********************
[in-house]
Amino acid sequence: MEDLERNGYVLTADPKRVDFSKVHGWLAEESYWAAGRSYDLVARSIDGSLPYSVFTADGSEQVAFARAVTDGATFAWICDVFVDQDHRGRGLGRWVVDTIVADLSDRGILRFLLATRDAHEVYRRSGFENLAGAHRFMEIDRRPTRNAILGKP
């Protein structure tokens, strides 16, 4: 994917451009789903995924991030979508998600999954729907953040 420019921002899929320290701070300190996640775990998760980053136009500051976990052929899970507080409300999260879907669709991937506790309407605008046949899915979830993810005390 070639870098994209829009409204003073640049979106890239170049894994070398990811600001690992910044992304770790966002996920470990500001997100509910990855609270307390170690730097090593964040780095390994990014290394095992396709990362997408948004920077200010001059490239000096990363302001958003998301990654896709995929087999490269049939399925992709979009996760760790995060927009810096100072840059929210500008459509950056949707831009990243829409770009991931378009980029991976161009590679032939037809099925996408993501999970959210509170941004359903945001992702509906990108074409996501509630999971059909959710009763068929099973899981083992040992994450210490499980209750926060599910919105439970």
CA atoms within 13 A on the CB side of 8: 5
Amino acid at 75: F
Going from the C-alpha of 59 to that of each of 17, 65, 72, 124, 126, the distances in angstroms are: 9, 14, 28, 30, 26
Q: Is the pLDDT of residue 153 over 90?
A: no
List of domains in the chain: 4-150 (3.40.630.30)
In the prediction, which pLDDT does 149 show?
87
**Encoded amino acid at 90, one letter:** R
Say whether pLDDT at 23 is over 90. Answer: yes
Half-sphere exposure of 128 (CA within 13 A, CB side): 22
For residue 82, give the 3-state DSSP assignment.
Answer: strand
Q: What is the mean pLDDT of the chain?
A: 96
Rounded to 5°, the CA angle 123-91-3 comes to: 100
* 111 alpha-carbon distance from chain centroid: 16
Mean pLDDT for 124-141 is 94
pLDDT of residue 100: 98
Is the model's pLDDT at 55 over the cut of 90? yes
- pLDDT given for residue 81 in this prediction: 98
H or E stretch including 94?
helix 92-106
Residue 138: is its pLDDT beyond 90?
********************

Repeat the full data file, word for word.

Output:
[in-house]
Amino acid sequence: MEDLERNGYVLTADPKRVDFSKVHGWLAEESYWAAGRSYDLVARSIDGSLPYSVFTADGSEQVAFARAVTDGATFAWICDVFVDQDHRGRGLGRWVVDTIVADLSDRGILRFLLATRDAHEVYRRSGFENLAGAHRFMEIDRRPTRNAILGKP
């Protein structure tokens, strides 16, 4: 994917451009789903995924991030979508998600999954729907953040 420019921002899929320290701070300190996640775990998760980053136009500051976990052929899970507080409300999260879907669709991937506790309407605008046949899915979830993810005390 070639870098994209829009409204003073640049979106890239170049894994070398990811600001690992910044992304770790966002996920470990500001997100509910990855609270307390170690730097090593964040780095390994990014290394095992396709990362997408948004920077200010001059490239000096990363302001958003998301990654896709995929087999490269049939399925992709979009996760760790995060927009810096100072840059929210500008459509950056949707831009990243829409770009991931378009980029991976161009590679032939037809099925996408993501999970959210509170941004359903945001992702509906990108074409996501509630999971059909959710009763068929099973899981083992040992994450210490499980209750926060599910919105439970």
CA atoms within 13 A on the CB side of 8: 5
Amino acid at 75: F
Going from the C-alpha of 59 to that of each of 17, 65, 72, 124, 126, the distances in angstroms are: 9, 14, 28, 30, 26
Q: Is the pLDDT of residue 153 over 90?
A: no
List of domains in the chain: 4-150 (3.40.630.30)
In the prediction, which pLDDT does 149 show?
87
**Encoded amino acid at 90, one letter:** R
Say whether pLDDT at 23 is over 90. Answer: yes
Half-sphere exposure of 128 (CA within 13 A, CB side): 22
For residue 82, give the 3-state DSSP assignment.
Answer: strand
Q: What is the mean pLDDT of the chain?
A: 96
Rounded to 5°, the CA angle 123-91-3 comes to: 100
* 111 alpha-carbon distance from chain centroid: 16
Mean pLDDT for 124-141 is 94
pLDDT of residue 100: 98
Is the model's pLDDT at 55 over the cut of 90? yes
- pLDDT given for residue 81 in this prediction: 98
H or E stretch including 94?
helix 92-106
Residue 138: is its pLDDT beyond 90?